There has been a huge amount of shock and awe coverage about Manchester's broken society. Ian Duncan Smith's report into the divides in Manchester make for provocative reading and listening, here, here and here. I heard some rubbish being spoken on Radio 5 this morning.
Ian Duncan Smith had concluded: "Manchester is one of the greatest cities in the UK and its economic rebirth over the last 15 years in enriching the lives of many of its two million citizens.
"But many others are being left behind. On just about every measure of social breakdown Manchester scores far worse than the national average and other big cities."
I quite like Jonathan Schofield's take on things on Manchester Confidential, here. But he still tries to gloss over the point about social breakdown. Manchester is an example. Not the only one, but an acute one.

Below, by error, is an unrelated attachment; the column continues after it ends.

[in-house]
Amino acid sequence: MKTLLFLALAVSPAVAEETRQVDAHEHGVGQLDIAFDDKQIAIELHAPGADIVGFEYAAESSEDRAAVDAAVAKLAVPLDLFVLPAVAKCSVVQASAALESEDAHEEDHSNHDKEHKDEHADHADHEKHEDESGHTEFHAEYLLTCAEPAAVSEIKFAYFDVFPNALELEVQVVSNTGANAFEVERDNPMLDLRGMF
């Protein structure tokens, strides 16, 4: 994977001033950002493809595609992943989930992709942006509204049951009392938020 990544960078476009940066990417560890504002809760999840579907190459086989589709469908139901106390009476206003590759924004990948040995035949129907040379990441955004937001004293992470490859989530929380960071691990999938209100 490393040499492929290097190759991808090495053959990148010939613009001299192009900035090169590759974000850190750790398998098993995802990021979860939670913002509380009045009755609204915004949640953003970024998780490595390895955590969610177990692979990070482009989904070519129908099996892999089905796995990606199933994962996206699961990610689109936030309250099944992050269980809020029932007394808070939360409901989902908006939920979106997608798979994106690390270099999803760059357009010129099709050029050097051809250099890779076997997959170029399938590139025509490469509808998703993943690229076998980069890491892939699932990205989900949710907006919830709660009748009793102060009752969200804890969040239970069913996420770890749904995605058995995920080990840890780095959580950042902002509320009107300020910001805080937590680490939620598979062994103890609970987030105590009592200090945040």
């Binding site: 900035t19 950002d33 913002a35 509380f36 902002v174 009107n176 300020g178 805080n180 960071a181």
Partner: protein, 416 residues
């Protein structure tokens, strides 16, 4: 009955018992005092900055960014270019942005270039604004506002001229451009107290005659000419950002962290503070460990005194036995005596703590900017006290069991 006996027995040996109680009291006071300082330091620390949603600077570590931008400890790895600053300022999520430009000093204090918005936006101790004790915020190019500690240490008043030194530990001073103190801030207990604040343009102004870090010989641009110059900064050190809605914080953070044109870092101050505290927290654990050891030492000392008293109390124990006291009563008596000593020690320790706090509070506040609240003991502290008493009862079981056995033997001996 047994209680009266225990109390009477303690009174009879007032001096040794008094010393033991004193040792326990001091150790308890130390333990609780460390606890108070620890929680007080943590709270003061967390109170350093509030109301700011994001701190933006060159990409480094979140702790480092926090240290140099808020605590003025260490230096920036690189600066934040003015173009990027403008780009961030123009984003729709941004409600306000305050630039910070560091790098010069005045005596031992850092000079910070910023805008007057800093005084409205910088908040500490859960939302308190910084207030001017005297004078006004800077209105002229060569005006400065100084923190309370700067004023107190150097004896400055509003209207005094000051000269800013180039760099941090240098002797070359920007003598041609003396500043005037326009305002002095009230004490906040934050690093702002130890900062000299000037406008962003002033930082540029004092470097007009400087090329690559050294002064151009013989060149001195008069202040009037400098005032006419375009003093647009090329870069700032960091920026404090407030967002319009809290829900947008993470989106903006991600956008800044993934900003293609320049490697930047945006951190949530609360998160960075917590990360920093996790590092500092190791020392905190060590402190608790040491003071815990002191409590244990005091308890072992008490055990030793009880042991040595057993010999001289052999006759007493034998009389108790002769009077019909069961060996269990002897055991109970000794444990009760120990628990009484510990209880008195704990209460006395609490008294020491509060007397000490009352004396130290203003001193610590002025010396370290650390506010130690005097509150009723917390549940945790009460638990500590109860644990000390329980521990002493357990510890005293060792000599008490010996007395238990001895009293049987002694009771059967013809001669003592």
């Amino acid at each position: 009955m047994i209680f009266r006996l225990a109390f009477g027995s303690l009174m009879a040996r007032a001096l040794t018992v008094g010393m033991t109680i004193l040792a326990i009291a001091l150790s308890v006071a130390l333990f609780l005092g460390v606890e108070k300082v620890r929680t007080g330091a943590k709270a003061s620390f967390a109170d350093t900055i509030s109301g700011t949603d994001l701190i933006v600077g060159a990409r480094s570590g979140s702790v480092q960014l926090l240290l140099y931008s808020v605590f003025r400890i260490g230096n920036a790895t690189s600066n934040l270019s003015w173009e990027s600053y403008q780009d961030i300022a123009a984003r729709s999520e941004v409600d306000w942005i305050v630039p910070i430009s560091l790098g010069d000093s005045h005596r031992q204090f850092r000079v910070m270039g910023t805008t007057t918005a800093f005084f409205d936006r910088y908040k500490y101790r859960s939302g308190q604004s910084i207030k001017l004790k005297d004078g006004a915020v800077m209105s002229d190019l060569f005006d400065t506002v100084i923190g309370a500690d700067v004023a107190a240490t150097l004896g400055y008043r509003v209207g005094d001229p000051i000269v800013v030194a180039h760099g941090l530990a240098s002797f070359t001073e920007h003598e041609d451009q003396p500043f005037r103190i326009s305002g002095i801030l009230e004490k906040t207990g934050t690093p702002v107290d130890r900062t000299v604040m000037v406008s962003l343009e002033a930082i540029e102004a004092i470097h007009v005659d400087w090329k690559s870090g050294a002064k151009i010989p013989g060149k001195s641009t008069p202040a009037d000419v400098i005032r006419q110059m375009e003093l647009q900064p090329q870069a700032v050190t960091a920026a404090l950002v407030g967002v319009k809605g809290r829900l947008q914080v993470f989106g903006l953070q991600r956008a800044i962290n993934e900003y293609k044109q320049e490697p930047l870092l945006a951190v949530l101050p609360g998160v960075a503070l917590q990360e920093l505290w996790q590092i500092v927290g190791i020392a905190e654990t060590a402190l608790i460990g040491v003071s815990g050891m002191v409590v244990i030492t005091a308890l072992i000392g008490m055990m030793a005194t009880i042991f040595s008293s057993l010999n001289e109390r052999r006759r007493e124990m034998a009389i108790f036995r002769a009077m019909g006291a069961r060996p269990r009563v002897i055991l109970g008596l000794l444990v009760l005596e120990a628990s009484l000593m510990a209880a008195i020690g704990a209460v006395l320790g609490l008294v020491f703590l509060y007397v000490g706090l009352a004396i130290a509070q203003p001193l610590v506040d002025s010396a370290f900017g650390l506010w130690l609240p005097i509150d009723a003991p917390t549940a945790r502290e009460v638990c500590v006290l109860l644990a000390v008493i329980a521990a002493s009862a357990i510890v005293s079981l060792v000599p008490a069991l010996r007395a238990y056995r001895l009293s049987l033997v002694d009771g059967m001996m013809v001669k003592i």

He points out quite rightly that the actual Manchester city council area is a small part of "greater Manchester". Still, the core point that places like Moss Side are not enjoying any of the great economic benefits of the city centre is a quick soundbite, yet based on a truism.
The main point about all this, however, is an entree into David Cameron's announcement today about the need for a mutualised education system, a Conservative Co-operative Movement, which he has launched in Manchester today, full speech is here.
It is strange indeed that a Tory leader can attack Labour for leaving bits of the country behind, but there is something exciting in using the energy and skills of private sector management to run public services better. The social business model has turned into a movement the parties are seeking to colonise, yet in many cases they are just charities, or subsidised businesses with plenty of waste and poor outcomes. It's a fashionable bandwagon, but is it one that will stand up to scrutiny?